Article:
extra piece of mind.  It is not the tread which wears but the side walls and this is
usually caused by deterioration either by mistreatment or age.  Taking the wheels off
the van and supporting on axle stands for the winter can also prolong tyre life.

Thanks to Mike Cook for this
advice.

Put cling film over
caravan windows when travelling which can be removed at the end of the journey, together
with all the “bugs”.
To ensure the caravan is
level place a cylindrical packet of biscuits on the floor. These will roll if not level.
To avoid being woken up
by early morning sunlight (you should be so lucky), ensure front of caravan is not facing
East.
To prevent getting grease
on clothing from the tow bar, place an old sock over the end.
If the sink or bath plug
is missing, cut a tennis ball in half and place over the plug hole – fits any size.
For a
nice picnic without an army of ants you did not invite, sprinkle a box of Tide with bleach
around the picnic area – it seems to discourage them.  It also seems to repel flies
and mosquitoes.  Ideal for people like me who don’t like pesticides sprayed on their
children.

Thanks to
Melinda Noblett for sending us this one

Caravan insurance is currently not a
legal requirement in the UK but, as with most other insurances,
specific cover is recommended to protect your investment and, of
course, its contents.

Although car insurance policies sometimes include third-party cover
for trailers they will not cover caravans, in addition to which, you
would not be able to claim under a car insurance policy should your
caravan be stolen or damaged by accident or fire.

 
 
If you travel
long distances try to listen to radio stations that broadcast in the city that you are
travelling to.  It may be worth it to listen to what the locals like – you can gauge
this from what is played on radios in local hairdressers, cafes, pubs and the like.

If you like that station, pay attention to whenever it calls out its identity
and frequency.  If you come across some bumper stickers for that station, grab a
handful of them and put one of them on your luggage.  This is a nice change from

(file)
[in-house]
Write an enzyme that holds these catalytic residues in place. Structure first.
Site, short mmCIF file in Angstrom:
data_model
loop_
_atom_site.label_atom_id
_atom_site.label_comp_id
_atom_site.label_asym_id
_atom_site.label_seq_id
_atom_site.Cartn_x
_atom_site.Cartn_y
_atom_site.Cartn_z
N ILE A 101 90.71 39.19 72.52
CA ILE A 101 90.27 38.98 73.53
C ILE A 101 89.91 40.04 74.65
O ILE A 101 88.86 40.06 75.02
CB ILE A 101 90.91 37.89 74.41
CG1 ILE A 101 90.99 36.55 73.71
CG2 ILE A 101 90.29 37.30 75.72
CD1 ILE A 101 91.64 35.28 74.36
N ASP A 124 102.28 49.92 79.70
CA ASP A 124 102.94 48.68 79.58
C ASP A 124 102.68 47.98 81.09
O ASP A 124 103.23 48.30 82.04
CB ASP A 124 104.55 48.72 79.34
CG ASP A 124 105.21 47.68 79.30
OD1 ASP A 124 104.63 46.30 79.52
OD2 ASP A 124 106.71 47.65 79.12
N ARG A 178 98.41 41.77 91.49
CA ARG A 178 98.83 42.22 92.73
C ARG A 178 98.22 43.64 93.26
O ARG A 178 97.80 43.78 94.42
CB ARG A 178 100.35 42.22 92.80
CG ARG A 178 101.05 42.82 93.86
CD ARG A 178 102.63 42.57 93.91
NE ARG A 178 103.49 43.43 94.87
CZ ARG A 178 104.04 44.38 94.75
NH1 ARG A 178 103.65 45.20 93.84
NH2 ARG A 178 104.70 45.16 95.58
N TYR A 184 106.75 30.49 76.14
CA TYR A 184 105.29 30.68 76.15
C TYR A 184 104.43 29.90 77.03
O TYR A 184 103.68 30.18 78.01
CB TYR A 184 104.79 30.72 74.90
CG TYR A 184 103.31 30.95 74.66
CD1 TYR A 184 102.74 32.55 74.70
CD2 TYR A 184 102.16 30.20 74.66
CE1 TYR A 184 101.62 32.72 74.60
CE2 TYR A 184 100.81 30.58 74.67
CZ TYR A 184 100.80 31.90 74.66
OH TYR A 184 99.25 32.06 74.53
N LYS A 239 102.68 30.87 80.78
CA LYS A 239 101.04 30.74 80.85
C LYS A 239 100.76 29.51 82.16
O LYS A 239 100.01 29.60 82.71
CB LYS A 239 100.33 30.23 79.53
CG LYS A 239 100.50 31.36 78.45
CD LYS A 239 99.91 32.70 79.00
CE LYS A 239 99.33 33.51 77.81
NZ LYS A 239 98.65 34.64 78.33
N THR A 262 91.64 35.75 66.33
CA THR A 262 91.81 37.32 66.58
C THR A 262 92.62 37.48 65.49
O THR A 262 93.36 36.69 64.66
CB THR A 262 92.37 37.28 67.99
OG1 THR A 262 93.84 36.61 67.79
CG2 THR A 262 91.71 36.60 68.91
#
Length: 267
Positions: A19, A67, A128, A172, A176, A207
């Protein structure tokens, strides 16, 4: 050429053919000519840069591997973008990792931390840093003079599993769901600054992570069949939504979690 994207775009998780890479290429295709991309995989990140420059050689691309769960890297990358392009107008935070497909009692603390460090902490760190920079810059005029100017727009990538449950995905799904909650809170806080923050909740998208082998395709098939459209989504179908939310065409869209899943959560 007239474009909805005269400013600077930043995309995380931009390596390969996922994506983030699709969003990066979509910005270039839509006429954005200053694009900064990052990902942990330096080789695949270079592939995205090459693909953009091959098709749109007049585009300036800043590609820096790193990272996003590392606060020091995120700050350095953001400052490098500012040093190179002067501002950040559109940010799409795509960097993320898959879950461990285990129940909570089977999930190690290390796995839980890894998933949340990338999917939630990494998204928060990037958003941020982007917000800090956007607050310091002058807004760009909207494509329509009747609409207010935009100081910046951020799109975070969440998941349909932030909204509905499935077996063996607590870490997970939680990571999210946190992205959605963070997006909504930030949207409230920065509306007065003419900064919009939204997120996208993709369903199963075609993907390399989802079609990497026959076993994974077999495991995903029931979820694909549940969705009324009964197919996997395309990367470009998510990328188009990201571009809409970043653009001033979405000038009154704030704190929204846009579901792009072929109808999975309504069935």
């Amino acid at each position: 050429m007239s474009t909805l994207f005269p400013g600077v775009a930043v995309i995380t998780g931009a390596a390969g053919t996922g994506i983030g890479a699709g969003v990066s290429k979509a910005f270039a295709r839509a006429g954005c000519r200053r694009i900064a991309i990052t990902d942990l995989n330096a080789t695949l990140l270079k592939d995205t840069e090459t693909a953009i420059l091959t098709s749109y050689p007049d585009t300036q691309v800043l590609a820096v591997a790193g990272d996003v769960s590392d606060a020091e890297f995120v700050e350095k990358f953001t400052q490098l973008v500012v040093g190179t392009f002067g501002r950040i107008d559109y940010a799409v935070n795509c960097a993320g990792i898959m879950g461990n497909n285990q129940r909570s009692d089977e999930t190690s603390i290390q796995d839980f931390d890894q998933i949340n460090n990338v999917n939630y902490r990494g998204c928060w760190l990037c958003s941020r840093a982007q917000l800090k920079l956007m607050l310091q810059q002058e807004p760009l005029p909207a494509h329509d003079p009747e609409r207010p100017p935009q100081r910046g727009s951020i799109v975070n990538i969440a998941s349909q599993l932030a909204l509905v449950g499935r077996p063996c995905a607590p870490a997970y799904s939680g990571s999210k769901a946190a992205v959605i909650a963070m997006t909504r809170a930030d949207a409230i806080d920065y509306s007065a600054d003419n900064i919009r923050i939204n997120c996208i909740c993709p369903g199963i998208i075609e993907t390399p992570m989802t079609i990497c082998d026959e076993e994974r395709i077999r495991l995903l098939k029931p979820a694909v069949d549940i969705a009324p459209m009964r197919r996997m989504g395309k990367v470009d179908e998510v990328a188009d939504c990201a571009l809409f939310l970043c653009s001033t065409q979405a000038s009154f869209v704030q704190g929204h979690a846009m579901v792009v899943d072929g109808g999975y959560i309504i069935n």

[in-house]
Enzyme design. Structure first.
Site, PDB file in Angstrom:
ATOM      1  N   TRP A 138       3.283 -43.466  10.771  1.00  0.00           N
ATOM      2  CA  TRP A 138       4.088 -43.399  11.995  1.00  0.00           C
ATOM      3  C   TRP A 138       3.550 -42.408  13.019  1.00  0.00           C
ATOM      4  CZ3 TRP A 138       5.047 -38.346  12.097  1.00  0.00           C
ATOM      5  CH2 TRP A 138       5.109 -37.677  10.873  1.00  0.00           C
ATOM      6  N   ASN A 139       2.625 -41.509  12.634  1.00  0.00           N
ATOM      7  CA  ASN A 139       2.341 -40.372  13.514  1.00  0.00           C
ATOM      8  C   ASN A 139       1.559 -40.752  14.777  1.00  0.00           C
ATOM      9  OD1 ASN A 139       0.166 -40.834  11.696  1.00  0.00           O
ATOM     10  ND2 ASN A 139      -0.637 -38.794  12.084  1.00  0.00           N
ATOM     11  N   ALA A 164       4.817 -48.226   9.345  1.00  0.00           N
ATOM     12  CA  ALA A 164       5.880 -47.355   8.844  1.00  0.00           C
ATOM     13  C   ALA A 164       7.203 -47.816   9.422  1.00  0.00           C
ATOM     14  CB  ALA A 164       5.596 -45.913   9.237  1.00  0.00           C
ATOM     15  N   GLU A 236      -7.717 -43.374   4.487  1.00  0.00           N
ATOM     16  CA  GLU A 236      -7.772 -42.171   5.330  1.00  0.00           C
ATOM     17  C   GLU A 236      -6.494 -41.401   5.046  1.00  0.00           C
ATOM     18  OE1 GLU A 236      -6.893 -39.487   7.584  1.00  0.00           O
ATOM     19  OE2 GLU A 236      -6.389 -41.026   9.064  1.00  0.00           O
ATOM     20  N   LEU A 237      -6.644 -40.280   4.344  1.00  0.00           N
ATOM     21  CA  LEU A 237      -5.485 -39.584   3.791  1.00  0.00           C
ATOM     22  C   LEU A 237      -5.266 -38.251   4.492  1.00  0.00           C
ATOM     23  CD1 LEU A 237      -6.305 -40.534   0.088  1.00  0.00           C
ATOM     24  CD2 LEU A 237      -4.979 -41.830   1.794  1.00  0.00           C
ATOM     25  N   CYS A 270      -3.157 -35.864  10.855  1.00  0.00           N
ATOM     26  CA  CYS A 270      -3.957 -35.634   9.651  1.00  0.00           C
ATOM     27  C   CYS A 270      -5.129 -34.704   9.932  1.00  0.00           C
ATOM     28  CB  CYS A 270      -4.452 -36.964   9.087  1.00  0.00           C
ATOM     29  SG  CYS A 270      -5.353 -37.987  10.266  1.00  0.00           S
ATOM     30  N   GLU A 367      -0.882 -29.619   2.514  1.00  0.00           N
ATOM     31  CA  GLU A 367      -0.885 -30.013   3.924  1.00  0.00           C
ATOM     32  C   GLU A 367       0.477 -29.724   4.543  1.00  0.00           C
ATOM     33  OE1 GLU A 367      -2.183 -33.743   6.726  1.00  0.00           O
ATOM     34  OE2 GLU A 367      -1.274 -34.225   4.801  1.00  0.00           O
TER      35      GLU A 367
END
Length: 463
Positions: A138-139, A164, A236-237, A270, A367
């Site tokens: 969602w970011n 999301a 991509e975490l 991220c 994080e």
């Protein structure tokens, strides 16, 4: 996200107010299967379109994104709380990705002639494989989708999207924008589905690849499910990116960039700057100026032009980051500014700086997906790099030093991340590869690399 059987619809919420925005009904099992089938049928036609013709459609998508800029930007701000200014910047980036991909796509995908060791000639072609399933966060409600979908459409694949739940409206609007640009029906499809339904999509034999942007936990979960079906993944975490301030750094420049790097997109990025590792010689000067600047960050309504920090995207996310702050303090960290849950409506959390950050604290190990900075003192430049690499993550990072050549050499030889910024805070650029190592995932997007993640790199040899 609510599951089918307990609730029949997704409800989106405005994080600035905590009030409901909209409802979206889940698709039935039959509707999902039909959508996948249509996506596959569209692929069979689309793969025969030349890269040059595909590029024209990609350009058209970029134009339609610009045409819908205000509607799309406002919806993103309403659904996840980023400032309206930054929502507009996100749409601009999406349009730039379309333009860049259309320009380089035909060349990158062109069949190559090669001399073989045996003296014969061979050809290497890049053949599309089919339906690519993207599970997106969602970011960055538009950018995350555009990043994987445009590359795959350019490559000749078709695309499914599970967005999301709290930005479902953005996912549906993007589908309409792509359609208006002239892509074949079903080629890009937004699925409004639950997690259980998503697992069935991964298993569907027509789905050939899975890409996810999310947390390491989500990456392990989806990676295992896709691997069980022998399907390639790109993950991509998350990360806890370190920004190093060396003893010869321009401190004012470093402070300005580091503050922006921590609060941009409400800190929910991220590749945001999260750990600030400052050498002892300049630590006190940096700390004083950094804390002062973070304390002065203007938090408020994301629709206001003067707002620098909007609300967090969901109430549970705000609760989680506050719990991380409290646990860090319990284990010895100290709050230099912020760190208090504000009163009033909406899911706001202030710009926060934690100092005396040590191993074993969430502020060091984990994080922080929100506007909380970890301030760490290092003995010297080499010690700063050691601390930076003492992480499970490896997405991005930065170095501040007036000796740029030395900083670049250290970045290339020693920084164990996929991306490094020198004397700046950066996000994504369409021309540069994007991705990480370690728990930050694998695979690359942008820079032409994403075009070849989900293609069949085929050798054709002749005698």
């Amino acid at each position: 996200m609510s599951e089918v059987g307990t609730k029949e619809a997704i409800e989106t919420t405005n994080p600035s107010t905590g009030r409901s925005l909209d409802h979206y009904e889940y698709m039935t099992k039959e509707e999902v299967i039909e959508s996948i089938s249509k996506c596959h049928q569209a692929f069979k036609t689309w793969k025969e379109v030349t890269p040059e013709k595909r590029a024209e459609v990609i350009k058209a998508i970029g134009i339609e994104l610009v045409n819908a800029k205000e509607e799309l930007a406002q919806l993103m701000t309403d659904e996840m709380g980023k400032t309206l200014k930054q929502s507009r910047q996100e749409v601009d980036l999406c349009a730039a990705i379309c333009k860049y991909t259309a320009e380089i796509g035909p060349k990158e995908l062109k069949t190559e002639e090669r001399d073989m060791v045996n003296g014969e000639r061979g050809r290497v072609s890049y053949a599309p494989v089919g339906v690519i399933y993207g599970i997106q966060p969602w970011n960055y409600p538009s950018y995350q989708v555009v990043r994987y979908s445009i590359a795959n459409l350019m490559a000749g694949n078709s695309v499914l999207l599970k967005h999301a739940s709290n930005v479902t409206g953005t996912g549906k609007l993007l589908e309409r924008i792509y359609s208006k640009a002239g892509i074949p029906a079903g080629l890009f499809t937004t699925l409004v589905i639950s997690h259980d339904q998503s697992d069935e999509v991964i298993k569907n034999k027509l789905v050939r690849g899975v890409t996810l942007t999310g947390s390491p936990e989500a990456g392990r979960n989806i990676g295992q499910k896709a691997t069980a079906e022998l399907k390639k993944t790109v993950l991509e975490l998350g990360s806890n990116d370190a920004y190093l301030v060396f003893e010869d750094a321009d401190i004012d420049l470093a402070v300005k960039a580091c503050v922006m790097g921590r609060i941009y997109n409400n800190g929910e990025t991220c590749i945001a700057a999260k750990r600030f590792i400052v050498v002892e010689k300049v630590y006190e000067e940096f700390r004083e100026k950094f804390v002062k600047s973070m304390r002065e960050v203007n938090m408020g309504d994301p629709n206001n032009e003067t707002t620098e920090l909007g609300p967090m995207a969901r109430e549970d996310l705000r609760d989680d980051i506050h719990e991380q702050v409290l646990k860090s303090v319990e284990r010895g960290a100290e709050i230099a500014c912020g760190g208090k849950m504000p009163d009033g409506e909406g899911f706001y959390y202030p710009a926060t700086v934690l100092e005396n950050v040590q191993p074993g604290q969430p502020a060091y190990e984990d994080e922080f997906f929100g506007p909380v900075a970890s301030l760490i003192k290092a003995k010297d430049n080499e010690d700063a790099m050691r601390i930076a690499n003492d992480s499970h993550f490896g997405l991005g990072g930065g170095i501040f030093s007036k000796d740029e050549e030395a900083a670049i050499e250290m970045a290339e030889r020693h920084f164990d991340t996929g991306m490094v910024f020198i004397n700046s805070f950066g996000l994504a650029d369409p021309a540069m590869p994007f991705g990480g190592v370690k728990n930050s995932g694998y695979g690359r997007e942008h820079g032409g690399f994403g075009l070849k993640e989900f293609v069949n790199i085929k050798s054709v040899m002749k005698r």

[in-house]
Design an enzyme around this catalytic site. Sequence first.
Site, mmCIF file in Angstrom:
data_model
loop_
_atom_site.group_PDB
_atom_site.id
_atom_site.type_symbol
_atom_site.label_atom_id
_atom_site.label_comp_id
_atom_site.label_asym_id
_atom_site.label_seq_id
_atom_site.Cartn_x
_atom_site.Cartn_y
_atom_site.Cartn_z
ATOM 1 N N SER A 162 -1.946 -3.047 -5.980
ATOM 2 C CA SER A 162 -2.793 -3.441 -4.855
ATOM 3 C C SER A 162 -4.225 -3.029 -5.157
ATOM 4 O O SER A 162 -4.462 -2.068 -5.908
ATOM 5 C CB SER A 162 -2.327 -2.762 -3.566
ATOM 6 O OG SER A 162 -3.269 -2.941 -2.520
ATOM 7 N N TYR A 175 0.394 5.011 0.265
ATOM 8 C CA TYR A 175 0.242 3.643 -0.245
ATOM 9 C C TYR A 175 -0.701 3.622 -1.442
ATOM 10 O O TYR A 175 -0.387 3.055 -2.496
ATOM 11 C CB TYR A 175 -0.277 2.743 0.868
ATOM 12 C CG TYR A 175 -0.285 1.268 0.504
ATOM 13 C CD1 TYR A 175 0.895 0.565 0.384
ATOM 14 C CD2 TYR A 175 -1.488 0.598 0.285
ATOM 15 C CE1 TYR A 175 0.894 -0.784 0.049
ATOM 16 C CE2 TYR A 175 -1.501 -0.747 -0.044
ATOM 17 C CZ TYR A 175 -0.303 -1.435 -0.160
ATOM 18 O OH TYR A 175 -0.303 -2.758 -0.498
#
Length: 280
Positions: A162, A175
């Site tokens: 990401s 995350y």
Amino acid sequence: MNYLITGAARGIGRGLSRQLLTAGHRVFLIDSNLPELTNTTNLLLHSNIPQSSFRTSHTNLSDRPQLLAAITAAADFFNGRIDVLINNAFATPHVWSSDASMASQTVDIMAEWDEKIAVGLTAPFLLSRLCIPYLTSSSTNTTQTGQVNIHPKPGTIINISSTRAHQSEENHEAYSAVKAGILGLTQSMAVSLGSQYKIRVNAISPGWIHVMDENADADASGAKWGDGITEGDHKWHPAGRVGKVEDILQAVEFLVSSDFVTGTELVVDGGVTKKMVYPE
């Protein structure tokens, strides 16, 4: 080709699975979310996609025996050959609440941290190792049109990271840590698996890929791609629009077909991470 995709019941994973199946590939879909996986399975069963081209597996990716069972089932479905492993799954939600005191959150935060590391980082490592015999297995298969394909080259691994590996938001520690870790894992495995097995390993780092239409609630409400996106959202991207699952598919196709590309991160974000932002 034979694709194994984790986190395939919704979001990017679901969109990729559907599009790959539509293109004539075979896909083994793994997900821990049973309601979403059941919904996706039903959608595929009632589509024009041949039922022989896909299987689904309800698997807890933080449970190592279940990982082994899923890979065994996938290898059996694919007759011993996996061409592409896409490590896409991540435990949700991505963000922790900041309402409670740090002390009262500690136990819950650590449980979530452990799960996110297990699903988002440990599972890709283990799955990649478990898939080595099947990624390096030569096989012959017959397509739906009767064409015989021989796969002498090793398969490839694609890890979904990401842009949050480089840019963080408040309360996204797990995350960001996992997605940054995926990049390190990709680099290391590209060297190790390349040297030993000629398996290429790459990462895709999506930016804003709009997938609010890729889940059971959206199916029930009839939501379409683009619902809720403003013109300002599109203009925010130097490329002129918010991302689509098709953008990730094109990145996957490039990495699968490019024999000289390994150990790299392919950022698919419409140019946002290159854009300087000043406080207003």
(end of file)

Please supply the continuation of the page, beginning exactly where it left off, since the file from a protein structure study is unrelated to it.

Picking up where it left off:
“I’ve been to (city name)” stickers that are often seen on various well
travelled suitcases and can help in identifying them on the baggage carousel.

If you operate a radio and tune into a station that you like, note
down the frequency and station identity in your travel diary.  If the set shows up
the station identity, transcribe that identity from the set’s display.

Also, if the set is equipped with a recording facility, you could
record the station by leaving the set to record non-stop for the duration of the tape or
disc.  You will be recording everything, including the local traders’ advertisements
and the local news bulletins.

If you listen to local commercial (advertiser-supported) radio in a
foreign city, you will gain a lot of useful information.  The commercial breaks will
provide information about shops, discounts, offers etc.  The local traffic broadcasts
will keep you posted about potential travel problems, whether by car or public transport.
  The local news broadcast can alert travellers of potential problems or events in
the city.  Let us not forget the weather forecast which can be a very important
deciding factor.

Thanks to Simon Mackay for this
information.

 

 

 

Copyright © 2000-2020
Hints and Things
All Rights Reserved.

No portion of this site may be reproduced or redistributed without prior
written permission from Hints and Things. All trademarks & copyrights
throughout Hints and Things remain the property of their respective
owners.

Hints and Things cannot be
held responsible for any information given on this site nor do they
necessarily agree with, or endorse, the views given by third parties.